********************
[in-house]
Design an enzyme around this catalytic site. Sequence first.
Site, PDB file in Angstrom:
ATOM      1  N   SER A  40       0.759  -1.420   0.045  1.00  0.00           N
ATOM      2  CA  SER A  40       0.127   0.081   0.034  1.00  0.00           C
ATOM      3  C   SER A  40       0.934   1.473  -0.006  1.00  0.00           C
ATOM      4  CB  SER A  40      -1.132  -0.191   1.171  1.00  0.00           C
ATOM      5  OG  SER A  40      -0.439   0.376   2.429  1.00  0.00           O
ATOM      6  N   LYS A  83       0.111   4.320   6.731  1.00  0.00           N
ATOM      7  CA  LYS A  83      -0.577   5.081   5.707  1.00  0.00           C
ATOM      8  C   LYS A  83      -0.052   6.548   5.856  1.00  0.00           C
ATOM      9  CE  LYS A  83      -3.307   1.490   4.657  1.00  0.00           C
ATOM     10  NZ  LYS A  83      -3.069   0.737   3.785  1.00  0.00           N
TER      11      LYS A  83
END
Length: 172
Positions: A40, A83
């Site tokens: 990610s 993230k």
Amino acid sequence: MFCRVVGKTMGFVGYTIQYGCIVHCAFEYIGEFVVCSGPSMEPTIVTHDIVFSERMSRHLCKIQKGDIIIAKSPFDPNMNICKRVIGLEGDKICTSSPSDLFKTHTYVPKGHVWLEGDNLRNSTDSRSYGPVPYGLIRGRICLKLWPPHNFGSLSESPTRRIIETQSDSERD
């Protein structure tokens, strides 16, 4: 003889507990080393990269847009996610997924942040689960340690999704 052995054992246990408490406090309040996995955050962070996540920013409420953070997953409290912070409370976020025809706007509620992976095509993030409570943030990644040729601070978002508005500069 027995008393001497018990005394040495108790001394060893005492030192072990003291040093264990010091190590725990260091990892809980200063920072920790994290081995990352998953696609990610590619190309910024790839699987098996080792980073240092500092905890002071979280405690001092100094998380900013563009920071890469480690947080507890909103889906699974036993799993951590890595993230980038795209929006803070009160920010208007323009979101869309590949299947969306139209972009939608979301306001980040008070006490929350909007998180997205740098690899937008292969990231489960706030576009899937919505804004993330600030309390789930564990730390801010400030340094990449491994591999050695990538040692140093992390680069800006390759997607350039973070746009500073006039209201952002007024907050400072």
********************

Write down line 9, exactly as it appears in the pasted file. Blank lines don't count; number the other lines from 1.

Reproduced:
ATOM      6  N   LYS A  83       0.111   4.320   6.731  1.00  0.00           N